#1
  1. No Profile Picture
    Junior Member
    Devshed Newbie (0 - 499 posts)

    Join Date
    Jul 2003
    Location
    india
    Posts
    28
    Rep Power
    0

    some doubts in c


    1)can i use nested function in c. it is working with
    gnu compiler

    f1()
    {

    f2()
    {
    printf("from f2");
    }

    f2()
    }
    how many nesting possible

    2)Why nonstatic function can't access ststic varibale in c++ ?

    3) where will static varibale will stored in memmory
  2. #2
  3. not a fan of fascism (n00b)
    Devshed Frequenter (2500 - 2999 posts)

    Join Date
    Feb 2003
    Location
    ct
    Posts
    2,756
    Rep Power
    95
    all i can add is that static variables are stored in the heap.
  4. #3
  5. No Profile Picture
    Junior Member
    Devshed Newbie (0 - 499 posts)

    Join Date
    Jul 2003
    Location
    india
    Posts
    28
    Rep Power
    0

    not very sure


    static varibale r stored in heap
    i aslo think so But i went for an interview
    and the interviwer told me it is not correct and it stored in data
    area can you get exact picture
  6. #4
  7. No Profile Picture
    Contributing User
    Devshed Beginner (1000 - 1499 posts)

    Join Date
    Feb 2001
    Posts
    1,481
    Rep Power
    15
    2) How do you explain the results of this program?

    Code:
    #include <iostream>
    using namespace std;
    
    class Person
    {
    public:
    	static int objectCount;
    	char* name;
    	
    	Person(char* n)
    	{
    		name = n;
    		objectCount++;
    	}
    	void func()
    	{
    		cout<<objectCount<<endl;
    	}
    };
    
    int Person::objectCount = 0;
    
    int main()
    {
    	Person my_object("Tim");
    	cout<<my_object.name<<endl;
    	cout<<my_object.objectCount<<endl;
    
    	my_object.func();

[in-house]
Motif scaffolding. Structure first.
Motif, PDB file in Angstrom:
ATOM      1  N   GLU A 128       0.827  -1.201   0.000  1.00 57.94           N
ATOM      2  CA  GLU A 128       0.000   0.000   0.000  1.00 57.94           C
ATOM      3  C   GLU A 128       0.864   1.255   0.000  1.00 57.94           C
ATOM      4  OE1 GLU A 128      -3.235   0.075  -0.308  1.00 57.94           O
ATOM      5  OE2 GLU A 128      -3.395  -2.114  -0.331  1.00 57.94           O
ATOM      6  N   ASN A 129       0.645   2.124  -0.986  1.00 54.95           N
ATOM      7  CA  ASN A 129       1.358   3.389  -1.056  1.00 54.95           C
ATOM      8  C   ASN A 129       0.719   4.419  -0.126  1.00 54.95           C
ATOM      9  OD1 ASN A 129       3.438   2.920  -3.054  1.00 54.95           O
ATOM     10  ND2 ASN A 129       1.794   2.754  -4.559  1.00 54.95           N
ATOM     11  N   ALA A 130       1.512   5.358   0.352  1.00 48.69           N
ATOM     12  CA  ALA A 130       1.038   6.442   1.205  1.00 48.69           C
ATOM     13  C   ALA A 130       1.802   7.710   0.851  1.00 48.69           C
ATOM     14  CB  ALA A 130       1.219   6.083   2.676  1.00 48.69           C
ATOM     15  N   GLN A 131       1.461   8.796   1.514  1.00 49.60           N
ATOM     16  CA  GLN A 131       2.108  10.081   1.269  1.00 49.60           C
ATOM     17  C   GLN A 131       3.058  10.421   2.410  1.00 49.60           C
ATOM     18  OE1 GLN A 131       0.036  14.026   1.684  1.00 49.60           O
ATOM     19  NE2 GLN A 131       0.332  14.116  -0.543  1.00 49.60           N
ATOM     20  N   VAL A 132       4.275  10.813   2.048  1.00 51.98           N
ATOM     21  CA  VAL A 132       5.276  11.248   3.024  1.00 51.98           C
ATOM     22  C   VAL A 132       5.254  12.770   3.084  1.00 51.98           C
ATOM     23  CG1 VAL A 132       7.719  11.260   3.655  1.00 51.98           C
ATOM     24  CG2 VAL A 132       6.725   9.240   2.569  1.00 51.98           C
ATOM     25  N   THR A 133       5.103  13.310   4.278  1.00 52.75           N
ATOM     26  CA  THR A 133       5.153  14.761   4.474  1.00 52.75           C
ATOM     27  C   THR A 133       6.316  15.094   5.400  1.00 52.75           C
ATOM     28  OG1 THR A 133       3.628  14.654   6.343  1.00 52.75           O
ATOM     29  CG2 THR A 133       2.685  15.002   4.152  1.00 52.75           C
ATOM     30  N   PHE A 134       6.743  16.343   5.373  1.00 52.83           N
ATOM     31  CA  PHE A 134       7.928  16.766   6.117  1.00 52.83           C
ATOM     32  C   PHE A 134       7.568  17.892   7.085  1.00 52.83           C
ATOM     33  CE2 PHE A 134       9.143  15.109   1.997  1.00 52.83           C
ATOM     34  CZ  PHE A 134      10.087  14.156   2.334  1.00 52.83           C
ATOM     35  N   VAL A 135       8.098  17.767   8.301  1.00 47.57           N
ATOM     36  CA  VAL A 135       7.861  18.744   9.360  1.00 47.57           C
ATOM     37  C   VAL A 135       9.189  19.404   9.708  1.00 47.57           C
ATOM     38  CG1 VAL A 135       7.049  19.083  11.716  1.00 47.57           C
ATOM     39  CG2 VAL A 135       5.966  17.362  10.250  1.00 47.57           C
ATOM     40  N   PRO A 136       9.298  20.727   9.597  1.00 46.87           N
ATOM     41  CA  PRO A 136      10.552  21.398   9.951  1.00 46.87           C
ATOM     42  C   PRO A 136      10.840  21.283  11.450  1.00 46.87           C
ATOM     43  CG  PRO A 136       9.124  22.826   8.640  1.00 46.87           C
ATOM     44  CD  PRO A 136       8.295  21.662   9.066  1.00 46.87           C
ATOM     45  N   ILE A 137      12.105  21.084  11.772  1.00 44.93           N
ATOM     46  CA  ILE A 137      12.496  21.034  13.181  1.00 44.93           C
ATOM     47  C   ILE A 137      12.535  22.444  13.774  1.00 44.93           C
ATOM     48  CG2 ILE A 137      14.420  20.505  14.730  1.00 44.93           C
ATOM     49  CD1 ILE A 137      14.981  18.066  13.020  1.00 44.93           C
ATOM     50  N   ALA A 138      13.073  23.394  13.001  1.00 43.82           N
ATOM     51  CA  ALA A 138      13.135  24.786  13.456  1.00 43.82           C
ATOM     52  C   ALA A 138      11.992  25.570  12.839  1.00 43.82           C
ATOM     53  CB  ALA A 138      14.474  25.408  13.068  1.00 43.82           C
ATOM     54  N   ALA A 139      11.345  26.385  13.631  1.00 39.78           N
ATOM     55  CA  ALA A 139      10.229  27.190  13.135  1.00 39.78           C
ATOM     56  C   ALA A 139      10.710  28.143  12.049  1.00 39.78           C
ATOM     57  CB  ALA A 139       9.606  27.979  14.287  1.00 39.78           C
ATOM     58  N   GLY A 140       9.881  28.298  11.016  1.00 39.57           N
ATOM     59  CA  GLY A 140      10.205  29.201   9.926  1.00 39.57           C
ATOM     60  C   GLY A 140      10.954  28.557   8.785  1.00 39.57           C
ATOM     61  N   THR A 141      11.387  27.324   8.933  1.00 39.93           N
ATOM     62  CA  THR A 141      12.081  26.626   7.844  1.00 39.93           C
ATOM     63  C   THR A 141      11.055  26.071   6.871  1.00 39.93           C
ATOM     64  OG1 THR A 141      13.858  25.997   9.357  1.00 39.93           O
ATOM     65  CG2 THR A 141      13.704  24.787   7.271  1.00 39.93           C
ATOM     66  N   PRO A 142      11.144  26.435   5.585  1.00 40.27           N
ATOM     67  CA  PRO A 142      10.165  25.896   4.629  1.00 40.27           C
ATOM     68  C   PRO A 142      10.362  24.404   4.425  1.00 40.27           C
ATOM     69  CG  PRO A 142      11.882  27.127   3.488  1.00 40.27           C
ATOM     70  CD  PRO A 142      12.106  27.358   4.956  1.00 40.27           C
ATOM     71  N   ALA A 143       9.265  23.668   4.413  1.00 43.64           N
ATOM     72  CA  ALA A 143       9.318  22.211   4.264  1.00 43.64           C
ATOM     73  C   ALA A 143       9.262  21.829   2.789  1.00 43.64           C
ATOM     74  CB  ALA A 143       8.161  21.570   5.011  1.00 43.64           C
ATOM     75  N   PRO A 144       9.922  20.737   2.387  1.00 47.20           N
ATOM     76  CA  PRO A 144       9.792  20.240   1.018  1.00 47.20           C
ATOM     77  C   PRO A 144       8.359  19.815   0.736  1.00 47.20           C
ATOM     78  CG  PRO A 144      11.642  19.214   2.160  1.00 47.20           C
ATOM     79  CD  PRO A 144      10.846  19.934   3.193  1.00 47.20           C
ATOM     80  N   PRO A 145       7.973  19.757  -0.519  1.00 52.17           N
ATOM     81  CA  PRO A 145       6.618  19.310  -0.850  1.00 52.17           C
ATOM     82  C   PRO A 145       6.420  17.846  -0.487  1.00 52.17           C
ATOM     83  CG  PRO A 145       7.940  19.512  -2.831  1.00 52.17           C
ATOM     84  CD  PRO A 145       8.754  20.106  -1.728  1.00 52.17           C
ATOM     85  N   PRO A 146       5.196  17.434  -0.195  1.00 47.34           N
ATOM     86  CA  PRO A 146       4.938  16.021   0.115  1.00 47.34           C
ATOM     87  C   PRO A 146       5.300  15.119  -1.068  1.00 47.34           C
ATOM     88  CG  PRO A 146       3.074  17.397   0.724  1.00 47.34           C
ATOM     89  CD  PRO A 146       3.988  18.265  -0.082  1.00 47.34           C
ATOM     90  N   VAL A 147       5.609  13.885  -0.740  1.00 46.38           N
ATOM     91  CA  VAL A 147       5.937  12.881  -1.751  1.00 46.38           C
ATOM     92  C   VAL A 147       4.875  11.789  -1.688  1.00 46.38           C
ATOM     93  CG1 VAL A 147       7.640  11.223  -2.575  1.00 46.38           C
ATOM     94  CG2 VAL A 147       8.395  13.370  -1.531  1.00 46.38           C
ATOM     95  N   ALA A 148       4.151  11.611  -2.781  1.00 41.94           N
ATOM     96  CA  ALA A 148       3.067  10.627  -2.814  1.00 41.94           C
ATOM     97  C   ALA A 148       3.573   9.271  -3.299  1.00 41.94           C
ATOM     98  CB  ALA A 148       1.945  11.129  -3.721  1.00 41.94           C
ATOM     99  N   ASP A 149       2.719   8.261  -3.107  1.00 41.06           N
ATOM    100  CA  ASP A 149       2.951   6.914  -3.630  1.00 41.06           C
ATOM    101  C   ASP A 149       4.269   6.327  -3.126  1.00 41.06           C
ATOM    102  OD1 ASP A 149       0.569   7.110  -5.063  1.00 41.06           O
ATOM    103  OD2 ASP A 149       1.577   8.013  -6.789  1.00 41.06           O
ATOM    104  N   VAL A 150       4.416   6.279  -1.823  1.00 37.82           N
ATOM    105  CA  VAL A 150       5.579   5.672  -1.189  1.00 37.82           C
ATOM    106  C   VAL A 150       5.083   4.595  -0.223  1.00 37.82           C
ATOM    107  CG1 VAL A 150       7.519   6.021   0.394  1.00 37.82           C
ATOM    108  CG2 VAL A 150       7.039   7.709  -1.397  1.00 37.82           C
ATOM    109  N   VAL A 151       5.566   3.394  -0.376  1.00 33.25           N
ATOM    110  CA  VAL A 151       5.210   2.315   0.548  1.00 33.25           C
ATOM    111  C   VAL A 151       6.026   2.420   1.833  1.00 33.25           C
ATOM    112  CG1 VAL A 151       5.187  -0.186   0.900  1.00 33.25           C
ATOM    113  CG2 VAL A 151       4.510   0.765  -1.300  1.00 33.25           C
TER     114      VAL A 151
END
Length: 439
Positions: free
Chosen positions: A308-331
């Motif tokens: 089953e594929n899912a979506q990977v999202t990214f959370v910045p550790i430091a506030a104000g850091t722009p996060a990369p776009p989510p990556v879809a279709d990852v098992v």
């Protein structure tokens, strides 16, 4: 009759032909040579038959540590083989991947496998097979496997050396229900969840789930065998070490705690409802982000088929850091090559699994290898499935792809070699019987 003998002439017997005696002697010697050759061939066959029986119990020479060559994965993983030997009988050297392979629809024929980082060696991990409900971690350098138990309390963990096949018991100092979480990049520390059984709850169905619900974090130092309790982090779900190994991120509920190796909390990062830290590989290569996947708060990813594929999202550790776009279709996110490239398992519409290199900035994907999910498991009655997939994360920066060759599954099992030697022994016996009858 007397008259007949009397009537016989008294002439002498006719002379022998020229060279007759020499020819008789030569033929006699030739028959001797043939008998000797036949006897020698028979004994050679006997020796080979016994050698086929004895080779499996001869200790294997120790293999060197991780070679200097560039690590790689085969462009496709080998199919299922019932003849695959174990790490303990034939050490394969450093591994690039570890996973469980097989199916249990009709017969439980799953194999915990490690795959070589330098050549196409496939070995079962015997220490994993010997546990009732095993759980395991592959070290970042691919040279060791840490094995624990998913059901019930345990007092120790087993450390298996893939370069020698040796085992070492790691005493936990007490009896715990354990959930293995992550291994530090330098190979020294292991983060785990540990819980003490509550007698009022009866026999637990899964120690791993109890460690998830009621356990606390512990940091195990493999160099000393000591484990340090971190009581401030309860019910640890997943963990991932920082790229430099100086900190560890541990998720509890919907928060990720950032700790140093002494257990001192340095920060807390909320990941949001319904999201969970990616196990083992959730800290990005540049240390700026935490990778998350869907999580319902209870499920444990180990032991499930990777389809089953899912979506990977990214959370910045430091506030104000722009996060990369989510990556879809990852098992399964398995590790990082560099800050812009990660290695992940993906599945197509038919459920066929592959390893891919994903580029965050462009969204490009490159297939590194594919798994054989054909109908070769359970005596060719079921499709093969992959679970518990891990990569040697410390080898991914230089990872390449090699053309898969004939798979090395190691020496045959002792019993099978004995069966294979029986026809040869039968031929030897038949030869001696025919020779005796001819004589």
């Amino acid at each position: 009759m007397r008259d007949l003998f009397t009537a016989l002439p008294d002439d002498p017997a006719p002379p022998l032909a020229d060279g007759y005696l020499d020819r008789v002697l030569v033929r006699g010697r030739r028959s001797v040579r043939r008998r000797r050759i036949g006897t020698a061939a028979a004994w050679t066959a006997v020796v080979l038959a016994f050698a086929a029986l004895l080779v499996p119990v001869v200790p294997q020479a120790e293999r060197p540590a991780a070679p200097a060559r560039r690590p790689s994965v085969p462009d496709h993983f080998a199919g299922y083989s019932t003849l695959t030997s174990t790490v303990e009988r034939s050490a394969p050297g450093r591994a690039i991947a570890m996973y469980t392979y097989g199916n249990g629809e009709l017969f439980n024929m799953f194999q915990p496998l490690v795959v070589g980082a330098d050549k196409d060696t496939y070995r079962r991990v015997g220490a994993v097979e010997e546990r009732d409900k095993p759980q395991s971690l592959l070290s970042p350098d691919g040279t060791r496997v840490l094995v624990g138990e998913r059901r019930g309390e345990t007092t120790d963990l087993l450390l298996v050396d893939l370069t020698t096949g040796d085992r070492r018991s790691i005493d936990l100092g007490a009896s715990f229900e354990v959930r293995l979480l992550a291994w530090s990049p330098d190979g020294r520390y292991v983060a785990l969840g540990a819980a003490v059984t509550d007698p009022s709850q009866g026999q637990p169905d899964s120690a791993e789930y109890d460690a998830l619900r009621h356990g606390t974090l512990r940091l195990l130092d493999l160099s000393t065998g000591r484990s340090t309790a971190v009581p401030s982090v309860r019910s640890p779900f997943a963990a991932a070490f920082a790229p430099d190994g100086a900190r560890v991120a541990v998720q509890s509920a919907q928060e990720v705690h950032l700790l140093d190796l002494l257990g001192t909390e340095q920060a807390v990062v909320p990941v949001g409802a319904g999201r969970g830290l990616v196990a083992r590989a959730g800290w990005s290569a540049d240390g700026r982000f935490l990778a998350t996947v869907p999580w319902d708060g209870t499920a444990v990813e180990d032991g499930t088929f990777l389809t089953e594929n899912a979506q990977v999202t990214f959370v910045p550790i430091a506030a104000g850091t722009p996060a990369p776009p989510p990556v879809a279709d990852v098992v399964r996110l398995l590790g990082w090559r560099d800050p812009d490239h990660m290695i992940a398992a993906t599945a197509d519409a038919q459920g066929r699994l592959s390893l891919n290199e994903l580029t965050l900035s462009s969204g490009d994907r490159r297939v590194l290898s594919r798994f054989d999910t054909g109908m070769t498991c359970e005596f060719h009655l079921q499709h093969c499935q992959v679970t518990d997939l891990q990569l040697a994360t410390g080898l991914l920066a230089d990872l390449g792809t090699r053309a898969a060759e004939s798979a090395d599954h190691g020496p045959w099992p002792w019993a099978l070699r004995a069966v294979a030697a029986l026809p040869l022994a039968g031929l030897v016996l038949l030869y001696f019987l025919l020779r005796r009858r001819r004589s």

return 0;
    }
    Last edited by 7stud; August 1st, 2003 at 01:00 AM.
  8. #5
  9. No Profile Picture
    Junior Member
    Devshed Newbie (0 - 499 posts)

    Join Date
    Jul 2003
    Location
    india
    Posts
    28
    Rep Power
    0
    i am telling about c
  10. #6
  11. No Profile Picture
    Contributing User
    Devshed Beginner (1000 - 1499 posts)

    Join Date
    Feb 2001
    Posts
    1,481
    Rep Power
    15
    2)Why nonstatic function can't access ststic varibale in c++ ?
  12. #7
  13. No Profile Picture
    Junior Member
    Devshed Newbie (0 - 499 posts)

    Join Date
    Jul 2003
    Location
    india
    Posts
    28
    Rep Power
    0
    hello i want to know c implementation
    not c++
  14. #8
  15. No Profile Picture
    Junior Member
    Devshed Newbie (0 - 499 posts)

    Join Date
    Jul 2003
    Location
    india
    Posts
    28
    Rep Power
    0
    non static function in the case of c++
    only static varibale can be access in static function

    and i doubt why this implementation
  16. #9
  17. No Profile Picture
    Junior Member
    Devshed Newbie (0 - 499 posts)

    Join Date
    Jul 2003
    Location
    india
    Posts
    28
    Rep Power
    0
    hello 7stud


    can u tell answers to my other questions
  18. #10
  19. not a fan of fascism (n00b)
    Devshed Frequenter (2500 - 2999 posts)

    Join Date
    Feb 2003
    Location
    ct
    Posts
    2,756
    Rep Power
    95
    hmm yes apparently we were both wrong, i guess they arent stored on the heap, i think it is dynamically allocated memory that is stored on the heap.
    AUTOMATIC AND STATIC VARIABLES
    C programs have a number of segments (or areas) where data is located. These segments are typically,